Is 2021 the Year to Eat Like a Millennial?

The younger generation (late 20s and early 30s) tend to choose beverages such as sparkling water, green tea and kombucha over sugary drinks like soda. And instead of buying groceries at big box or multipurpose stores such as Walmart or Costco, they look for more specialized grocers such as Trader Joe’s and Whole Foods, which sell options that are more ethically sourced and contain less processed ingredients, according to a study of 12.5 million millennial social media posts by CBD Marketing.

As you begin your nutritional and weight-loss journey in 2021, consider experimenting with new ingredients and cooking methods that will prevent you from getting bored with your food intake. To get you started, we asked nutrition experts about nine foods from a definitive list of 60 millennial foods by Buzzfeed, a website that reaches nearly 83 percent of millennials, according to Nielsen Holdings.

1. Avocado toast, perhaps the most obvious “millennial” food because it appears on restaurant menus and is a staple of weekend brunch, can make for a nutritious breakfast, lunch, dinner or snack. Avocados are a good source of monounsaturated fatty acids, which are heart healthy and serve as a good fat replacement for butter. The fruit (yes, avocados are a fruit) also contains 10 to 11 grams of fiber per avocado, said VanBeber.

“Pairing a third of an avocado with one slice of 100 percent whole grain bread can provide between 15 to 20 percent of daily fiber needs for adults over 50 years of age,” said Elizabeth Spencer, a registered dietitian at Northwestern Medicine Center DuPage Hospital in Winfield, Illinois.

However, be watchful. One medium avocado packs between 250 and 300 calories, so it may be too many calories for a meal or snack, especially when combined with other food items. Older adults often need fewer calories and higher amounts of specific vitamins, minerals and protein, she added.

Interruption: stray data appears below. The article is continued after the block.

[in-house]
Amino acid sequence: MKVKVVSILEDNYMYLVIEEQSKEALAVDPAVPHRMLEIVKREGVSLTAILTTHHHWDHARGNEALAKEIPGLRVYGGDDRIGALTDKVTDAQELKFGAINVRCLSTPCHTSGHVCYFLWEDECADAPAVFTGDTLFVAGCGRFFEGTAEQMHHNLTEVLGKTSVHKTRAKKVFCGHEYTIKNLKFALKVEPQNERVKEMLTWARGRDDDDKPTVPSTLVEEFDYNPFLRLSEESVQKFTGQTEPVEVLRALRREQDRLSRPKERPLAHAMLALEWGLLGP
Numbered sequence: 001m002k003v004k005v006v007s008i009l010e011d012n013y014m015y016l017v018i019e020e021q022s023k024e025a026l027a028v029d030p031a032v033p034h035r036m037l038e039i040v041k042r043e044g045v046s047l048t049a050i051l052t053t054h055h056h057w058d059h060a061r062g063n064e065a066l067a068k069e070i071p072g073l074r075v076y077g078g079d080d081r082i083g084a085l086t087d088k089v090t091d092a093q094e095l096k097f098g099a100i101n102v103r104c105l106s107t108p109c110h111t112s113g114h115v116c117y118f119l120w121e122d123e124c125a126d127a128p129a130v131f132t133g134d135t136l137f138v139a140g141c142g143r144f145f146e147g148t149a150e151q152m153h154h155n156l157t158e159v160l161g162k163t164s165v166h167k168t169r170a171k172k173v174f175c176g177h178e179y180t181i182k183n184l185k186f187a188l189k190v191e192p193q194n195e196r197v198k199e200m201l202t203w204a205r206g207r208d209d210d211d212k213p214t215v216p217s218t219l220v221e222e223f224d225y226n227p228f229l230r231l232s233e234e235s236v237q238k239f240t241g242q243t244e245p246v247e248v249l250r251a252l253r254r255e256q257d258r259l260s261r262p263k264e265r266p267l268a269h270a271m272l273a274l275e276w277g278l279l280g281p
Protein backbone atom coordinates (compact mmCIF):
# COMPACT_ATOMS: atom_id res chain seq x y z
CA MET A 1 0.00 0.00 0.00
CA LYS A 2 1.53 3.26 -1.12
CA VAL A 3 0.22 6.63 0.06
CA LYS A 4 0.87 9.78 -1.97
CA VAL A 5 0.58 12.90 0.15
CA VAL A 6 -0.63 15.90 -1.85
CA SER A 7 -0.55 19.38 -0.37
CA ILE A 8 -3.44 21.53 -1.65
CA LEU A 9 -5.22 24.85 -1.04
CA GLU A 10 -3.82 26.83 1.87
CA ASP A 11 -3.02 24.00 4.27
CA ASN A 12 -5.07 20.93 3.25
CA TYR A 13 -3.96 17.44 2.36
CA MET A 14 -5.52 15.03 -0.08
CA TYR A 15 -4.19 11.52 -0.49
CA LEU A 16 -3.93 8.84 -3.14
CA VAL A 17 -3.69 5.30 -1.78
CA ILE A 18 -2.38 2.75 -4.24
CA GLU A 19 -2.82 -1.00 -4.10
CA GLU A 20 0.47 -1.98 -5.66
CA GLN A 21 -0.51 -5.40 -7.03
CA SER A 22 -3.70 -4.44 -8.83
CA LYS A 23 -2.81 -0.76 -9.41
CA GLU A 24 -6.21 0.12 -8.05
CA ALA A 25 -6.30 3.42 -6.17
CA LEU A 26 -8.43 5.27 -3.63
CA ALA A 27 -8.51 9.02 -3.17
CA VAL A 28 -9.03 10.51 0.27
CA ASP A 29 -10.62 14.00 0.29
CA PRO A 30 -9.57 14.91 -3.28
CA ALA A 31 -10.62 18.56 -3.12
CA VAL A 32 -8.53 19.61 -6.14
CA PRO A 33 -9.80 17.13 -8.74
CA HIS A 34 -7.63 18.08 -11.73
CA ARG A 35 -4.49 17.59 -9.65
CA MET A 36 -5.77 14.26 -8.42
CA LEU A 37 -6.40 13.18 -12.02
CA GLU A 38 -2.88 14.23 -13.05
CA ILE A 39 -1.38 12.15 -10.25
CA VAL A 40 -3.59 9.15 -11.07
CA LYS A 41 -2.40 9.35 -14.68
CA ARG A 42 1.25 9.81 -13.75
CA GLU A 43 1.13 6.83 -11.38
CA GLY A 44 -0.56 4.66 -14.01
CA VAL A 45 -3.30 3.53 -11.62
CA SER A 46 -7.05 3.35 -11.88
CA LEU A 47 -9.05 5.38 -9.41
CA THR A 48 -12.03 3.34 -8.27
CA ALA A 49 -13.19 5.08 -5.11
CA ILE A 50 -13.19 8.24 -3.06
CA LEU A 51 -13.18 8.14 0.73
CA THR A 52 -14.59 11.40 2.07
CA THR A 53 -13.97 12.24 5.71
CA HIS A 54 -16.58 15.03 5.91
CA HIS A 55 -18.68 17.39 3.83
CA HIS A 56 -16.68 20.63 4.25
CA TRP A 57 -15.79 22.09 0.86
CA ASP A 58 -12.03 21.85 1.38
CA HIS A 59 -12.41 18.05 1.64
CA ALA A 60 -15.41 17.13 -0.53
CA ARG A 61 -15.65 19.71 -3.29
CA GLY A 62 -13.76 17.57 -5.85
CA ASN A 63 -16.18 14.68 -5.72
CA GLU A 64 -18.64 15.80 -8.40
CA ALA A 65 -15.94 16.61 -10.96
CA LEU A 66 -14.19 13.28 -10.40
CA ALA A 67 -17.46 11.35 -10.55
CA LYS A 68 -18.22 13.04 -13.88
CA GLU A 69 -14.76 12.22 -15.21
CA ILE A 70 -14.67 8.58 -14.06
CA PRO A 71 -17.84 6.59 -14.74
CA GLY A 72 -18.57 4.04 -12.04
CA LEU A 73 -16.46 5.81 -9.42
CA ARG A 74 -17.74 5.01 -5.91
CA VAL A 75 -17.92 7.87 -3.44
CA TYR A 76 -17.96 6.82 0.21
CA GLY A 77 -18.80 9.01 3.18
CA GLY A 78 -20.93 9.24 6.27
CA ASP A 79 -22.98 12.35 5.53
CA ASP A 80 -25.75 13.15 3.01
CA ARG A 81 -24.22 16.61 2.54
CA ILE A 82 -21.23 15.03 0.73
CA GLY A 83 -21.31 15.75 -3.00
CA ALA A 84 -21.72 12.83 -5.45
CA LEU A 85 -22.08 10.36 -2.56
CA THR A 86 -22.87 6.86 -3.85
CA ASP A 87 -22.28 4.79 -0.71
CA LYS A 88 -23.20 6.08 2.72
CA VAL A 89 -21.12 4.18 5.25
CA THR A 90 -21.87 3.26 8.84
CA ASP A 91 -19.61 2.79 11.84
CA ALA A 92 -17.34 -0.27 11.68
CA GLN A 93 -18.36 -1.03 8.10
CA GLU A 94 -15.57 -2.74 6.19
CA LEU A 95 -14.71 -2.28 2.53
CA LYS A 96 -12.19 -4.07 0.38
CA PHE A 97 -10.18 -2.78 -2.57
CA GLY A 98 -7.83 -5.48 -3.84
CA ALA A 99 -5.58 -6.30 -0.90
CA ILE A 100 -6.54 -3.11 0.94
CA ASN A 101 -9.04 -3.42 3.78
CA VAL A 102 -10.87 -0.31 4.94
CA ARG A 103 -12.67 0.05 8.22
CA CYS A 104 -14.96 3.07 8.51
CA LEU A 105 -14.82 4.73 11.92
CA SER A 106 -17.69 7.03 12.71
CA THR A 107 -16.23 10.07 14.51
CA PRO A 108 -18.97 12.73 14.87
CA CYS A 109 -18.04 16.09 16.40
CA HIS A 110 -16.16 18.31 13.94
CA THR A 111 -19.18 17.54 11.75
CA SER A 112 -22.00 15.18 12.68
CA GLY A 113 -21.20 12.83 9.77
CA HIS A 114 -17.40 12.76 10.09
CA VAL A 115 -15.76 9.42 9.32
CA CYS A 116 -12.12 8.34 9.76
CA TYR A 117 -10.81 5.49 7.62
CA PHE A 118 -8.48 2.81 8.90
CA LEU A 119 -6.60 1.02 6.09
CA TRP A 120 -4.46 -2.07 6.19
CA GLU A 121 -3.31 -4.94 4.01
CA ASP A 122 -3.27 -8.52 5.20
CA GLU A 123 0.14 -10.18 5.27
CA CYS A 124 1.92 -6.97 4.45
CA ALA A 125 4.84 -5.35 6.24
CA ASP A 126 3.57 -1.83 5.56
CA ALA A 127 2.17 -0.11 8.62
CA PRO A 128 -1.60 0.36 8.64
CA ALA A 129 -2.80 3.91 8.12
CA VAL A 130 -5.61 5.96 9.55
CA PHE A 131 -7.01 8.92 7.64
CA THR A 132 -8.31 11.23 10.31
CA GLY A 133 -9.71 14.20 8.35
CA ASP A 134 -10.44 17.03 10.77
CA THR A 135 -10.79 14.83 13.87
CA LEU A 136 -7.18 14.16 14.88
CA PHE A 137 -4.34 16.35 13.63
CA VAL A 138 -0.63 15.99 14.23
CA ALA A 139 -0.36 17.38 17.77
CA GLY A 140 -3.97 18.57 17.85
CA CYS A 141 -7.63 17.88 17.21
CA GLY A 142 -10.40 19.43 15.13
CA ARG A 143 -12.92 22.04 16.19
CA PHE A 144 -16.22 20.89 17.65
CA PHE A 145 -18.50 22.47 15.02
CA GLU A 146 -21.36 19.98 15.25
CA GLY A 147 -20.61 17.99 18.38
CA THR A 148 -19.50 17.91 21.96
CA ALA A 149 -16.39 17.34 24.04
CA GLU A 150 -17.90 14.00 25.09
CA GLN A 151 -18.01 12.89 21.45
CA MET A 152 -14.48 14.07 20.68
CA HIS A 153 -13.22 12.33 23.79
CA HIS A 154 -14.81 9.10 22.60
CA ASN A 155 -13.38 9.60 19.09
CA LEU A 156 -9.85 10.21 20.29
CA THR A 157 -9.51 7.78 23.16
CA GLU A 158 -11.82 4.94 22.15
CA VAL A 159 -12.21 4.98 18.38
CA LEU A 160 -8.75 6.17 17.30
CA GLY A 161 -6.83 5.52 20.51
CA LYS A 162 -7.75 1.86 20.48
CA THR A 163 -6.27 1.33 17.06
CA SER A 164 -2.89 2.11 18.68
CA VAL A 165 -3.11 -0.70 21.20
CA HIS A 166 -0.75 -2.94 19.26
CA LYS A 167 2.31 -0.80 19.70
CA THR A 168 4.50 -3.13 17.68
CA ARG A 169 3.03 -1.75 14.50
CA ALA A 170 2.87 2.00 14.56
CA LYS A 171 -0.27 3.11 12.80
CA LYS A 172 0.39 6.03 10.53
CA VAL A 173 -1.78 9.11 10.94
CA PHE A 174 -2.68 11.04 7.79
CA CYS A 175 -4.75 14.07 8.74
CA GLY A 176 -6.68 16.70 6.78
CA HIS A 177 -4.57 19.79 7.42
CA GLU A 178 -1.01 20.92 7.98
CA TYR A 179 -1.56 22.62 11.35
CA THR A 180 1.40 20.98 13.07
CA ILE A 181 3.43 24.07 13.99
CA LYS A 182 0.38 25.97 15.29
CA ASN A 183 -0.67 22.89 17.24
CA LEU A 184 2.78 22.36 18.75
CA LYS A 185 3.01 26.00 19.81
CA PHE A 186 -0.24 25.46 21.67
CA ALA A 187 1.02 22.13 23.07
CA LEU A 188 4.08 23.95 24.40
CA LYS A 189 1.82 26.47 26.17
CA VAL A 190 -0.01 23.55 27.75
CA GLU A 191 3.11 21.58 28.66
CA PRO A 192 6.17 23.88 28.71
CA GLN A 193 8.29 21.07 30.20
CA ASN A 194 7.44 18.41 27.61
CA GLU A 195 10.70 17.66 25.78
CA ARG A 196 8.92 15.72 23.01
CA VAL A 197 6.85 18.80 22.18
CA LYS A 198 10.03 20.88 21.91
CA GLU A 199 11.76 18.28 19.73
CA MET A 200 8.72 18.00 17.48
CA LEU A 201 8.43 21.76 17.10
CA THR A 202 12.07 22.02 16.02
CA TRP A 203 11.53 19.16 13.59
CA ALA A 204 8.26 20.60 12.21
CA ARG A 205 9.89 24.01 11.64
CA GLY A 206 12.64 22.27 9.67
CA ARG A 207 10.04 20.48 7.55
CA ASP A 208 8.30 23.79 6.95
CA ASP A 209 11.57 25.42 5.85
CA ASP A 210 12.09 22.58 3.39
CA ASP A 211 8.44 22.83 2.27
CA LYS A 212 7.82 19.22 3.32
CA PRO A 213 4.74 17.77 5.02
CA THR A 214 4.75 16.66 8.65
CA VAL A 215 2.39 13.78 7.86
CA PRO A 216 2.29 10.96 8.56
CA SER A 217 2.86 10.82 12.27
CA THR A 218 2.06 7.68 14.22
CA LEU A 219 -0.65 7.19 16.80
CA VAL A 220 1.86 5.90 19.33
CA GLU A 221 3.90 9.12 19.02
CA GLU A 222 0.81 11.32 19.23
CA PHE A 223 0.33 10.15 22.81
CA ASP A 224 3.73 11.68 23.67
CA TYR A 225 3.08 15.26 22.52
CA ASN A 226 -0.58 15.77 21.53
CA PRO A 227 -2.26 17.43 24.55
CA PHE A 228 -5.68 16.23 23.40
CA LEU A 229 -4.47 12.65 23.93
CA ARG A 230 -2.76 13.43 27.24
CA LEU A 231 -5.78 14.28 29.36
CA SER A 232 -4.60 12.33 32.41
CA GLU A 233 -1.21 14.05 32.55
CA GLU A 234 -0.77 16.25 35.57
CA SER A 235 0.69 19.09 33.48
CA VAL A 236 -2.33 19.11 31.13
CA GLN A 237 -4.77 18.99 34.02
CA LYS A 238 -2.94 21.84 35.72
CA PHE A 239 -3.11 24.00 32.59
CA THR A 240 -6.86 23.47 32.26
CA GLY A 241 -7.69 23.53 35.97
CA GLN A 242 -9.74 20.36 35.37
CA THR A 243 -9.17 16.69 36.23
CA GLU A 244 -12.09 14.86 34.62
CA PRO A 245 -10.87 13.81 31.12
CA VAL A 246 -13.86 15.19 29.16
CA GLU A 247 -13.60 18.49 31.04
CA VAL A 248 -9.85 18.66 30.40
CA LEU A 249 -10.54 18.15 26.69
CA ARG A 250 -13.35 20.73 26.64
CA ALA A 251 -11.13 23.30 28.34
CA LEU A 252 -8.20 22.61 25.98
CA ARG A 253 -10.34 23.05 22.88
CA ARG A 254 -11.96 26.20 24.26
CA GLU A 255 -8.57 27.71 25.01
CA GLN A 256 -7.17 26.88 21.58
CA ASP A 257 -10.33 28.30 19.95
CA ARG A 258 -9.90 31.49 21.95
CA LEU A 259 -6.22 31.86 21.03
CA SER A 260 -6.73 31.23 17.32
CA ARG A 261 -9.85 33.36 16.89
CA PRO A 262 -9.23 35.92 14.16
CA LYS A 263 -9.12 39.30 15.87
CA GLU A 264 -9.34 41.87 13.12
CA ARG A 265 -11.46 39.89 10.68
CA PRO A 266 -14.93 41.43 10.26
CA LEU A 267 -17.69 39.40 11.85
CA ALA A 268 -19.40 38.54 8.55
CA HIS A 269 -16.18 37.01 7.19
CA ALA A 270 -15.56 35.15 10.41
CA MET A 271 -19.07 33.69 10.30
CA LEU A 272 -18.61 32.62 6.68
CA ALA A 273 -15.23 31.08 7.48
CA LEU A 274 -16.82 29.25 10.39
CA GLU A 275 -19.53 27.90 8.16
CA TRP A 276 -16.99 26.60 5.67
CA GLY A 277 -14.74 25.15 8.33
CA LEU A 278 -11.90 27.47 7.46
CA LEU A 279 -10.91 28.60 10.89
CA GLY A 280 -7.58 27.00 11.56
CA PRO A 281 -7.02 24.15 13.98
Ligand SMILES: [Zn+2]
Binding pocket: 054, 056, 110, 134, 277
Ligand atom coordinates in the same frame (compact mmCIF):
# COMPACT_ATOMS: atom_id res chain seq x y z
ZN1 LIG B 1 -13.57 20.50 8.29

2. Cauliflower is a vegetable common to many household crispers that has taken on new popularity as a carb replacement in the form of cauliflower crust and rice. For those looking for a savory alternative, there are also versions of cauliflower “wings” and cauliflower “steak.” These are lower in calories and carbohydrates than their starchy meaty counterparts and, obviously, work for vegans and vegetarians.

“Replacing rice with riced cauliflower or wheat in pizza crust with cauliflower can significantly cut down on carbs while retaining fiber, leading to feelings of fullness, as well as increasing daily veggie servings,” said Spencer. “Cauliflower is also a rich source of choline, which aids in muscle movement, metabolism, and nervous system and brain health.” So, clearly, it’s good for people of all ages.

However, cauliflower pizza and snack foods don’t pass as healthy when combined with piles of cheese and pepperoni, which can increase calories and bring up levels of sodium.

“As with other processed foods, the best rule to follow is ‘fewest ingredients is best,’” said Maxine Smith, a registered dietitian with Cleveland Clinic’s Center for Human Nutrition in Ohio.

3. Kale has been a darling of leafy green lovers for years now. It provides nutrients that are important for healthy bones, heart, brain and the gut, says Smith.

It is versatile and can be used in salads and soups, or cooked as a side dish on its own. Most recently, millennials have transformed the ingredient into kale chips, burrito wraps, and juice — another great way to cut the carbs.

However, because it is a cruciferous vegetable (meaning that it contains a sugar called raffinose) it often is left undigested in the gut until bacteria ferments it, leading to gas and bloating, said Spencer. Cooking kale may alleviate the problem.

“Kale also contains a high amount of vitamin K, which helps our blood clot,” said Spencer. “Older adults on blood thinners should be mindful of their vitamin K intake and work with their doctor and registered dietitian to safely fit kale into a healthful eating pattern.”

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